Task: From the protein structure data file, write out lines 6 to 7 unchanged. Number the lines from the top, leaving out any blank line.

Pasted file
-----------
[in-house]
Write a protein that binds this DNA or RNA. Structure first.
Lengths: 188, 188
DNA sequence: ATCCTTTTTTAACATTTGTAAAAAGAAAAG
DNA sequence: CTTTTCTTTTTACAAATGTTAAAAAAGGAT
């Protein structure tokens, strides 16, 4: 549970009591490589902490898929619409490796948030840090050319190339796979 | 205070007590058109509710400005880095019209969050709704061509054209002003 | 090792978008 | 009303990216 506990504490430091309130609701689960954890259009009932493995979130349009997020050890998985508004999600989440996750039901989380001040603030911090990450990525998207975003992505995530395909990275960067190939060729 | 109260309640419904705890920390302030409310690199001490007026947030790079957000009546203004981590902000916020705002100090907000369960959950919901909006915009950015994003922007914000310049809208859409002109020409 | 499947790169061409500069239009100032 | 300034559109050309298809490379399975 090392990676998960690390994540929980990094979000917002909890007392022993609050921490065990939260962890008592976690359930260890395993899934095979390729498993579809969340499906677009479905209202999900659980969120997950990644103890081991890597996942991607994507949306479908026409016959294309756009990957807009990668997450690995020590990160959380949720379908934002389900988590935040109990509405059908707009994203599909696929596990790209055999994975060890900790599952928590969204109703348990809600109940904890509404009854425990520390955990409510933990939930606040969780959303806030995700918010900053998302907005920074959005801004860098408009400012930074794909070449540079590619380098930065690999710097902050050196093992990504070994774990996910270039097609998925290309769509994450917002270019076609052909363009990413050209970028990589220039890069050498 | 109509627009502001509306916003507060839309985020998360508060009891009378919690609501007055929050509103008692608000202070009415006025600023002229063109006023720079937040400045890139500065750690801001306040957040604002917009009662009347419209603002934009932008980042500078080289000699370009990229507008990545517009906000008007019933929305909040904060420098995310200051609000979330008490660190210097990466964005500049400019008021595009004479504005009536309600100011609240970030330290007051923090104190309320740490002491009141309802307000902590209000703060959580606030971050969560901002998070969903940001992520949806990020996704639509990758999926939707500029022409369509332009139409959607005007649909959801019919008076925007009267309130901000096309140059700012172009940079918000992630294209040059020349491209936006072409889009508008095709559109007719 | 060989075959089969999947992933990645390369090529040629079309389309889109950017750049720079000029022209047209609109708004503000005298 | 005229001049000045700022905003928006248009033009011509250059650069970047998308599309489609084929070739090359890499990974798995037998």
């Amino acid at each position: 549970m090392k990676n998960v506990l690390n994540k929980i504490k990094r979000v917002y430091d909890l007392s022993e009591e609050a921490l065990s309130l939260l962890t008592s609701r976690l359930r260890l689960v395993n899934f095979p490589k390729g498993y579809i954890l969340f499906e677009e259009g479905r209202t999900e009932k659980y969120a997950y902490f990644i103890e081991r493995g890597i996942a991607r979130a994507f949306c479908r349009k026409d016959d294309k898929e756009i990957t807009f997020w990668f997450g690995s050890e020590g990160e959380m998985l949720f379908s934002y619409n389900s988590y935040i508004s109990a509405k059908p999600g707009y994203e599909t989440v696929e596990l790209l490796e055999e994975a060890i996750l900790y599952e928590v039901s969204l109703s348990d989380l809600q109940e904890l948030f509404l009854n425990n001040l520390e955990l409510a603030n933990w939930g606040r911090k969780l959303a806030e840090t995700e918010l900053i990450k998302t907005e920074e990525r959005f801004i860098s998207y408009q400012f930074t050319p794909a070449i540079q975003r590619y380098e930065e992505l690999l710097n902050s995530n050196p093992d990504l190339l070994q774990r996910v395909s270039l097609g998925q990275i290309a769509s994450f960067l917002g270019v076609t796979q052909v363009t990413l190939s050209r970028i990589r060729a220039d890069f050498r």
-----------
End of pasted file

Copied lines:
């Protein structure tokens, strides 16, 4: 549970009591490589902490898929619409490796948030840090050319190339796979 | 205070007590058109509710400005880095019209969050709704061509054209002003 | 090792978008 | 009303990216 506990504490430091309130609701689960954890259009009932493995979130349009997020050890998985508004999600989440996750039901989380001040603030911090990450990525998207975003992505995530395909990275960067190939060729 | 109260309640419904705890920390302030409310690199001490007026947030790079957000009546203004981590902000916020705002100090907000369960959950919901909006915009950015994003922007914000310049809208859409002109020409 | 499947790169061409500069239009100032 | 300034559109050309298809490379399975 090392990676998960690390994540929980990094979000917002909890007392022993609050921490065990939260962890008592976690359930260890395993899934095979390729498993579809969340499906677009479905209202999900659980969120997950990644103890081991890597996942991607994507949306479908026409016959294309756009990957807009990668997450690995020590990160959380949720379908934002389900988590935040109990509405059908707009994203599909696929596990790209055999994975060890900790599952928590969204109703348990809600109940904890509404009854425990520390955990409510933990939930606040969780959303806030995700918010900053998302907005920074959005801004860098408009400012930074794909070449540079590619380098930065690999710097902050050196093992990504070994774990996910270039097609998925290309769509994450917002270019076609052909363009990413050209970028990589220039890069050498 | 109509627009502001509306916003507060839309985020998360508060009891009378919690609501007055929050509103008692608000202070009415006025600023002229063109006023720079937040400045890139500065750690801001306040957040604002917009009662009347419209603002934009932008980042500078080289000699370009990229507008990545517009906000008007019933929305909040904060420098995310200051609000979330008490660190210097990466964005500049400019008021595009004479504005009536309600100011609240970030330290007051923090104190309320740490002491009141309802307000902590209000703060959580606030971050969560901002998070969903940001992520949806990020996704639509990758999926939707500029022409369509332009139409959607005007649909959801019919008076925007009267309130901000096309140059700012172009940079918000992630294209040059020349491209936006072409889009508008095709559109007719 | 060989075959089969999947992933990645390369090529040629079309389309889109950017750049720079000029022209047209609109708004503000005298 | 005229001049000045700022905003928006248009033009011509250059650069970047998308599309489609084929070739090359890499990974798995037998």
């Amino acid at each position: 549970m090392k990676n998960v506990l690390n994540k929980i504490k990094r979000v917002y430091d909890l007392s022993e009591e609050a921490l065990s309130l939260l962890t008592s609701r976690l359930r260890l689960v395993n899934f095979p490589k390729g498993y579809i954890l969340f499906e677009e259009g479905r209202t999900e009932k659980y969120a997950y902490f990644i103890e081991r493995g890597i996942a991607r979130a994507f949306c479908r349009k026409d016959d294309k898929e756009i990957t807009f997020w990668f997450g690995s050890e020590g990160e959380m998985l949720f379908s934002y619409n389900s988590y935040i508004s109990a509405k059908p999600g707009y994203e599909t989440v696929e596990l790209l490796e055999e994975a060890i996750l900790y599952e928590v039901s969204l109703s348990d989380l809600q109940e904890l948030f509404l009854n425990n001040l520390e955990l409510a603030n933990w939930g606040r911090k969780l959303a806030e840090t995700e918010l900053i990450k998302t907005e920074e990525r959005f801004i860098s998207y408009q400012f930074t050319p794909a070449i540079q975003r590619y380098e930065e992505l690999l710097n902050s995530n050196p093992d990504l190339l070994q774990r996910v395909s270039l097609g998925q990275i290309a769509s994450f960067l917002g270019v076609t796979q052909v363009t990413l190939s050209r970028i990589r060729a220039d890069f050498r």